The Small Business Jobs Act Of 2010: Key Tax Features

On September 27, 2010, President Obama signed into law the Small Business Jobs Act of 2010 (the "Act") which includes a number of tax breaks and incentives for businesses.  As I have reported previously, the Act contains several features designed to increase eligibility for, the number of, and lending caps on, loans made through the Small Business Administration.  The Act also contains several tax initiatives designed to assist small businesses.  The following is a brief overview of the most important tax-related changes in the Act (courtesy of the Armstrong Teasdale Tax practice group).

Tax Breaks and Incentives

  • Enhanced Small Business Expensing under Code Section 179. In some instances small business taxpayers can elect to write-off the cost of capital outlays in the year they are made in lieu of recovering these costs over time through depreciation. Prior to the Act, taxpayers could expense up to $250,000 of qualifying property – generally, machinery, equipment and certain software – placed in service in tax years beginning in 2010. This annual expensing limit was reduced by the amount by which the cost of qualifying property placed in service in tax years beginning in 2010 exceeded $800,000. Under the new law, for tax years beginning in 2010 and 2011, the $250,000 limit is increased to $500,000 and the investment ceiling to $2,000,000. In addition, the Act makes qualified real property eligible for expensing.
  • Extension of 50 Percent Bonus First Year Depreciation. Businesses are allowed to deduct the cost of capital expenditures over time according to depreciation schedules. For most new tangible personal property that was placed in service in 2008 and 2009, businesses were able to deduct capital expenditures by permitting the first-year write-off of 50 percent of the cost. The Act extends the first-year 50 percent write-off to apply to qualifying property placed in service in 2010 (as well as 2011 for certain property). 

  • Boosted Deduction for Start-Up Expenditures. The Act allows taxpayers to deduct up to $10,000 in trade or business start-up expenditures for 2010. The amount that a business can deduct is reduced by the amount by which startup expenditures exceed $60,000. Previously, the limit of these deductions was capped at $5,000, subject to a $50,000 phase-out threshold.
  • 100 Percent Exclusion of Gain from the Sale of Small Business Stock. Before the 2009 Recovery Act, individuals could generally exclude 50 percent of their gain on the sale of qualified small business stock ("QSBS") held for at least five years. Under the 2009 Recovery Act, the percentage exclusion for gain on QSBS sold by an individual was increased to 75 percent for stock acquired after Feb. 17, 2009 and before Jan. 1, 2011. Under the Act, the amount of the exclusion is temporarily increased to 100 percent of the gain from the sale of qualifying small business stock that is acquired after Sept. 27, 2010 and prior to January 1, 2011 and held for more than five years. In addition, the new law eliminates the alternative minimum tax preference item attributable to such sales.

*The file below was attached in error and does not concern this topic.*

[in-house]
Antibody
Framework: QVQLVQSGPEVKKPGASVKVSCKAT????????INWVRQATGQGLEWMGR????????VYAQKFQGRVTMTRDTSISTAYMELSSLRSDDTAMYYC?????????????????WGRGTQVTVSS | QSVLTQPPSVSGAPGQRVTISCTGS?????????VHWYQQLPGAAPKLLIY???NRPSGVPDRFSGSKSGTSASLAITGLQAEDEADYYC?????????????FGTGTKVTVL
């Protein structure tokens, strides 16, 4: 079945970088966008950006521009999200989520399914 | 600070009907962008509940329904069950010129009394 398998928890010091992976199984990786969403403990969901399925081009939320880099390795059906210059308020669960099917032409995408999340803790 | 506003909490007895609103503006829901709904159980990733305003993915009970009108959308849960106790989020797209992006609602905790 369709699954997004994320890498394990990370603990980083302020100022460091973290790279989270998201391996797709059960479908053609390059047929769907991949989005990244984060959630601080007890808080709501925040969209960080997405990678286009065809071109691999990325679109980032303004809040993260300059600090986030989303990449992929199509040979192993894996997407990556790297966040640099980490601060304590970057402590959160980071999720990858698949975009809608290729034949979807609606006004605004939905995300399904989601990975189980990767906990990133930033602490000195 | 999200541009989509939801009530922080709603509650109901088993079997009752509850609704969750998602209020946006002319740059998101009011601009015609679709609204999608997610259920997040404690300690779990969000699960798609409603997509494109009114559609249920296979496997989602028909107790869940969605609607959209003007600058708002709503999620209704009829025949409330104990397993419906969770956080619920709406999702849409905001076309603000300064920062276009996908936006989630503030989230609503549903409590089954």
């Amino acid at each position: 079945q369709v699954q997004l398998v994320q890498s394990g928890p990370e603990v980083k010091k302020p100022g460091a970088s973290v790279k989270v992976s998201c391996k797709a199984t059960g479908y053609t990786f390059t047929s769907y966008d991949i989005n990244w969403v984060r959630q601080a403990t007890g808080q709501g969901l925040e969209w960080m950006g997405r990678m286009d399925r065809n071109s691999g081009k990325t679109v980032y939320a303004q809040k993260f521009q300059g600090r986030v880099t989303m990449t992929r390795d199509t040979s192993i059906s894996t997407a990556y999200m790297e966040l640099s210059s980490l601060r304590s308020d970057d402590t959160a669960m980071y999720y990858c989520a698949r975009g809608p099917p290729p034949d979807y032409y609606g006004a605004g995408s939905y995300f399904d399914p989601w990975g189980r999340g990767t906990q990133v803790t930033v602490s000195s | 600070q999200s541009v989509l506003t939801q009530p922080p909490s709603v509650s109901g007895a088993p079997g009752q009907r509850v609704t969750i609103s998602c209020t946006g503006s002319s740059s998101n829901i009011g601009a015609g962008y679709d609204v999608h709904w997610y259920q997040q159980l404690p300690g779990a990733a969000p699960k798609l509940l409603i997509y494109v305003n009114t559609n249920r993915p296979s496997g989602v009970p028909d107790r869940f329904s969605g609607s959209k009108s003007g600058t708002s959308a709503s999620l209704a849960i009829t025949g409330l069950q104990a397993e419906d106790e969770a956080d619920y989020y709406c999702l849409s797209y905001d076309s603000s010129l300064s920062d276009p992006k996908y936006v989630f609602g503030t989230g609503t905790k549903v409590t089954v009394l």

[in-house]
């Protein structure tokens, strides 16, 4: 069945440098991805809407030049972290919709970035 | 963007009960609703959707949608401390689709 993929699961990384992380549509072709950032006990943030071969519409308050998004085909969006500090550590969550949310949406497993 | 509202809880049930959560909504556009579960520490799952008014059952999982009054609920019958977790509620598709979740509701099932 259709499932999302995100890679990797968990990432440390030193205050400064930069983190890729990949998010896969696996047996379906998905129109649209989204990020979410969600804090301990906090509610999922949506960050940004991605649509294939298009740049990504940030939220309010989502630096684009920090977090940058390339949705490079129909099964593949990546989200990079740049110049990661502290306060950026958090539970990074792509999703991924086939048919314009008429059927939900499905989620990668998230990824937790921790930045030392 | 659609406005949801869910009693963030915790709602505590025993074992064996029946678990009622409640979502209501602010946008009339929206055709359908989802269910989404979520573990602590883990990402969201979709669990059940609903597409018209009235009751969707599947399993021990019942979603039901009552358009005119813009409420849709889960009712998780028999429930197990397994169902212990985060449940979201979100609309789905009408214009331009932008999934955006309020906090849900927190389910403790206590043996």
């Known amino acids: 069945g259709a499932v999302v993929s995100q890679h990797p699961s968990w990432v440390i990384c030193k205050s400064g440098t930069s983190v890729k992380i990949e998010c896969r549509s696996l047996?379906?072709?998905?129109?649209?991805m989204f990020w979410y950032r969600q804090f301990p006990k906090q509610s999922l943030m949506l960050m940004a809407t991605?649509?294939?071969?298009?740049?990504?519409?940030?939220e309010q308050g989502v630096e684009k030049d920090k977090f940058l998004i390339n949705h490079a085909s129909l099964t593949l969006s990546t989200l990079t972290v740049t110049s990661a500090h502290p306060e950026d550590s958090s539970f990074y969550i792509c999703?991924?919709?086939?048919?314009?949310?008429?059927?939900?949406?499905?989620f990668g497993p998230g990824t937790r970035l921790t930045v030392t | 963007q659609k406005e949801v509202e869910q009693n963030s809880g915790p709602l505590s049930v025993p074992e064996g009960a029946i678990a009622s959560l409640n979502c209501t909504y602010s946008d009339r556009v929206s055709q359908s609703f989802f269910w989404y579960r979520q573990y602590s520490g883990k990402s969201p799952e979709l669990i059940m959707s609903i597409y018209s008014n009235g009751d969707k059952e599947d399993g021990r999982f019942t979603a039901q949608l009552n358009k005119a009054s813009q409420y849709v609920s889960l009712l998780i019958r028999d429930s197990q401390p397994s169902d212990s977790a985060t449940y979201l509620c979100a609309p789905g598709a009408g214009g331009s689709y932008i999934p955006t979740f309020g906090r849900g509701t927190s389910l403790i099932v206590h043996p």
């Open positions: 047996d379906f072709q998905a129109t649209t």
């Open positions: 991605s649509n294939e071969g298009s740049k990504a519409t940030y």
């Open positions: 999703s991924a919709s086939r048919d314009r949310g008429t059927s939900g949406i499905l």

• Carryback of General Business Credits of Eligible Small Businesses for 2010. Under the Act, for the first tax year of the taxpayer beginning in 2010, eligible small businesses can carry back unused general business credits for five years. In addition, the Act allows eligible small businesses to use all types of general business credits to offset their AMT in tax years beginning in 2010. Deductibility of Health Insurance for the Purpose of Calculating Self-Employment Tax. The Act allows business owners to deduct the cost of health insurance incurred in 2010 for themselves and their family members in calculating their 2010 self-employment tax. 
  • Cell Phones Removed from Listed Property Category. This means that cell phones can be deducted or depreciated like other business property without excessive recordkeeping requirements.  
  • S Corporation Holding Period for Appreciated Assets. Generally, a C corporation converting to an S corporation must hold onto any appreciated assets for 10 years following its conversion or face a business-level tax imposed on the built-in gain at the highest corporate rate of 35 percent. The Act temporarily shortens the holding period of assets subject to the built-in gains tax to five years if the fifth tax year in the holding period precedes the tax year beginning in 2011.
  • New Tax Break for Long-Term Contract Accounting. The new law provides that in determining the percentage of completion under the percentage of completion method of accounting, bonus depreciation is not taken into account as a cost. This prevents the bonus depreciation from having the effect of accelerating income.
  • Limitation on Penalty for Failure to Disclose Certain Reportable Transactions. The Act limits the penalty to 75 percent of the decrease in tax resulting from the transaction. The minimum penalty is $10,000 for corporations and $5,000 for individuals. These changes are retroactively effective to penalties assessed after Dec. 31, 2006.

 Revenue Raisers

In an attempt to offset these tax breaks, the Act includes some revenue raisers. A few of the revenue raisers include information reporting for certain rental property expense payments made after December 31, 2010, allowing participants in governmental 457 plans to treat elective deferrals as Roth contributions, making crude tall oil ineligible for the cellulosic biofuel producer credit, and changing the tax treatment of guarantee fees under source rules for income earned by U.S. subsidiaries of foreign businesses.

For more information, please contact an attorney in the Armstrong Teasdale Tax Department.  Their contact information is accessible here.

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